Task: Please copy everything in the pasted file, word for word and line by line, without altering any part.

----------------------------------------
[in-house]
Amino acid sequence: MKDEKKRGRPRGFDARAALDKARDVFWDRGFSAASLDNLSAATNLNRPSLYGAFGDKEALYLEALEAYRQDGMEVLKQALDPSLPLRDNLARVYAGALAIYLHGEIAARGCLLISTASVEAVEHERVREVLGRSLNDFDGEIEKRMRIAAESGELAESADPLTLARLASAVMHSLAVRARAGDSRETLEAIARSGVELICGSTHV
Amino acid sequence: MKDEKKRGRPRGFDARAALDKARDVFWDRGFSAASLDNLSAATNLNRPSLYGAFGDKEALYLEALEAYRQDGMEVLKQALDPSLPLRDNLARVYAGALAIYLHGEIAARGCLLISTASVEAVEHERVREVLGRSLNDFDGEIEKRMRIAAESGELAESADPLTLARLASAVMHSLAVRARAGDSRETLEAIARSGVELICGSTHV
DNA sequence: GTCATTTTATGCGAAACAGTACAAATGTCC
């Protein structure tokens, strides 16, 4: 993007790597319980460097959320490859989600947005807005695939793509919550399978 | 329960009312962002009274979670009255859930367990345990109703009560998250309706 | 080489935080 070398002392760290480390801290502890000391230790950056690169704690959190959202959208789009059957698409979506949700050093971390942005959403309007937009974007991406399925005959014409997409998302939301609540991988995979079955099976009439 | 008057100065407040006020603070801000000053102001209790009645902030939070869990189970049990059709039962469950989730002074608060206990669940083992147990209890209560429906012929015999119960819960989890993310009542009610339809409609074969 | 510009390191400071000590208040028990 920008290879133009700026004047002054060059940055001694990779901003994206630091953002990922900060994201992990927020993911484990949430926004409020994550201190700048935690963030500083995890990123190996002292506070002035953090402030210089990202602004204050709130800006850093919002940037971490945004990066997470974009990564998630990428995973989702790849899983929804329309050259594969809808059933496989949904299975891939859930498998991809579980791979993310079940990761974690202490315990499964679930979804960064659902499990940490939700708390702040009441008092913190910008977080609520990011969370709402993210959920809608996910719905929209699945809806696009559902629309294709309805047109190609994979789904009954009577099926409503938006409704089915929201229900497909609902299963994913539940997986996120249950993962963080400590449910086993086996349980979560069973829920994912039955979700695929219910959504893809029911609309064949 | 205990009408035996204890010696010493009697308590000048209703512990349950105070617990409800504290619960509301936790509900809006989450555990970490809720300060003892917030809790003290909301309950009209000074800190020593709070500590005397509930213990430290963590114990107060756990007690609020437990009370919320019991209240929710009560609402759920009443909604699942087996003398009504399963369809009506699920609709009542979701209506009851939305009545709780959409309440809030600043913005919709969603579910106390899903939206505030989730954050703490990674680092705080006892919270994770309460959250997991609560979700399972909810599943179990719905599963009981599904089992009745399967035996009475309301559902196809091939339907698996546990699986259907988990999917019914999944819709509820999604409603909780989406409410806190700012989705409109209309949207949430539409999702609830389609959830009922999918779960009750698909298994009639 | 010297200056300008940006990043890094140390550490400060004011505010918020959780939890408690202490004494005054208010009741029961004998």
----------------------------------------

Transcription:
[in-house]
Amino acid sequence: MKDEKKRGRPRGFDARAALDKARDVFWDRGFSAASLDNLSAATNLNRPSLYGAFGDKEALYLEALEAYRQDGMEVLKQALDPSLPLRDNLARVYAGALAIYLHGEIAARGCLLISTASVEAVEHERVREVLGRSLNDFDGEIEKRMRIAAESGELAESADPLTLARLASAVMHSLAVRARAGDSRETLEAIARSGVELICGSTHV
Amino acid sequence: MKDEKKRGRPRGFDARAALDKARDVFWDRGFSAASLDNLSAATNLNRPSLYGAFGDKEALYLEALEAYRQDGMEVLKQALDPSLPLRDNLARVYAGALAIYLHGEIAARGCLLISTASVEAVEHERVREVLGRSLNDFDGEIEKRMRIAAESGELAESADPLTLARLASAVMHSLAVRARAGDSRETLEAIARSGVELICGSTHV
DNA sequence: GTCATTTTATGCGAAACAGTACAAATGTCC
């Protein structure tokens, strides 16, 4: 993007790597319980460097959320490859989600947005807005695939793509919550399978 | 329960009312962002009274979670009255859930367990345990109703009560998250309706 | 080489935080 070398002392760290480390801290502890000391230790950056690169704690959190959202959208789009059957698409979506949700050093971390942005959403309007937009974007991406399925005959014409997409998302939301609540991988995979079955099976009439 | 008057100065407040006020603070801000000053102001209790009645902030939070869990189970049990059709039962469950989730002074608060206990669940083992147990209890209560429906012929015999119960819960989890993310009542009610339809409609074969 | 510009390191400071000590208040028990 920008290879133009700026004047002054060059940055001694990779901003994206630091953002990922900060994201992990927020993911484990949430926004409020994550201190700048935690963030500083995890990123190996002292506070002035953090402030210089990202602004204050709130800006850093919002940037971490945004990066997470974009990564998630990428995973989702790849899983929804329309050259594969809808059933496989949904299975891939859930498998991809579980791979993310079940990761974690202490315990499964679930979804960064659902499990940490939700708390702040009441008092913190910008977080609520990011969370709402993210959920809608996910719905929209699945809806696009559902629309294709309805047109190609994979789904009954009577099926409503938006409704089915929201229900497909609902299963994913539940997986996120249950993962963080400590449910086993086996349980979560069973829920994912039955979700695929219910959504893809029911609309064949 | 205990009408035996204890010696010493009697308590000048209703512990349950105070617990409800504290619960509301936790509900809006989450555990970490809720300060003892917030809790003290909301309950009209000074800190020593709070500590005397509930213990430290963590114990107060756990007690609020437990009370919320019991209240929710009560609402759920009443909604699942087996003398009504399963369809009506699920609709009542979701209506009851939305009545709780959409309440809030600043913005919709969603579910106390899903939206505030989730954050703490990674680092705080006892919270994770309460959250997991609560979700399972909810599943179990719905599963009981599904089992009745399967035996009475309301559902196809091939339907698996546990699986259907988990999917019914999944819709509820999604409603909780989406409410806190700012989705409109209309949207949430539409999702609830389609959830009922999918779960009750698909298994009639 | 010297200056300008940006990043890094140390550490400060004011505010918020959780939890408690202490004494005054208010009741029961004998």